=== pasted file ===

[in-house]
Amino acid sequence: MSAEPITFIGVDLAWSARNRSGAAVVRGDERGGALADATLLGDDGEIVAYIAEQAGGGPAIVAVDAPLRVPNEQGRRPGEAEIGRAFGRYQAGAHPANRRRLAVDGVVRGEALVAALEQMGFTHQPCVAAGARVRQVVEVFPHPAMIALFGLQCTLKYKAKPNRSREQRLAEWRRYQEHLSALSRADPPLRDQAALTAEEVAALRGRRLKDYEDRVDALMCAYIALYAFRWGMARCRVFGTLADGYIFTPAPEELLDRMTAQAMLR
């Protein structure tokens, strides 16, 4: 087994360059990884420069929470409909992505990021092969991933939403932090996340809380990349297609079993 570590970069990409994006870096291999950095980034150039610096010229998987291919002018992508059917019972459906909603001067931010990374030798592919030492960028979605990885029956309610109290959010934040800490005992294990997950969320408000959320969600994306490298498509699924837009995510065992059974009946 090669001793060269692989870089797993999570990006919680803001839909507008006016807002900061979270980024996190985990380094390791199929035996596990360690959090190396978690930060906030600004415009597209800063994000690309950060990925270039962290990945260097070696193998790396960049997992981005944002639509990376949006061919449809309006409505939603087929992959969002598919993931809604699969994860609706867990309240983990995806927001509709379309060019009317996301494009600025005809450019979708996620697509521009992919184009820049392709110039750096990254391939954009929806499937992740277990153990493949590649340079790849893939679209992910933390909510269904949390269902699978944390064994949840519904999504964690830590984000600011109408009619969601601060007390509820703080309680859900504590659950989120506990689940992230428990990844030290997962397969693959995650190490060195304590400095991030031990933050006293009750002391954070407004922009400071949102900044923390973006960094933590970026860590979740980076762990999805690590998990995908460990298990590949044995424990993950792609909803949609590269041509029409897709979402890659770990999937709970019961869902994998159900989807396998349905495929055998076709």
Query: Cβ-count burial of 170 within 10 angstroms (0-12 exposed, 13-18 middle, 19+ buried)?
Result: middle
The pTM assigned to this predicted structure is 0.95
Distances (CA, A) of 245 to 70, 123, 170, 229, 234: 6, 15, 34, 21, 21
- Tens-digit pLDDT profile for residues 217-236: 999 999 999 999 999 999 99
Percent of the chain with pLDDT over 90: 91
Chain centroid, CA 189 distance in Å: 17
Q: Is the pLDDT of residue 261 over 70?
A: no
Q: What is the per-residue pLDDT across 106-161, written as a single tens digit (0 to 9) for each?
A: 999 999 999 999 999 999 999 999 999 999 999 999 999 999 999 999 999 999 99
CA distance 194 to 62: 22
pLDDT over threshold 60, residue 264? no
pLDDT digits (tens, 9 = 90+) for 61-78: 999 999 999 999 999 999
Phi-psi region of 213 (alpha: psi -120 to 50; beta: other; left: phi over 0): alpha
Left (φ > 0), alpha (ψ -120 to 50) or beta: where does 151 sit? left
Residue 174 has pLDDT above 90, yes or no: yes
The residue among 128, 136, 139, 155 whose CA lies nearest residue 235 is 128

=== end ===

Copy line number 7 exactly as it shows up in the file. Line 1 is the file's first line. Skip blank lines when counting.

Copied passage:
Distances (CA, A) of 245 to 70, 123, 170, 229, 234: 6, 15, 34, 21, 21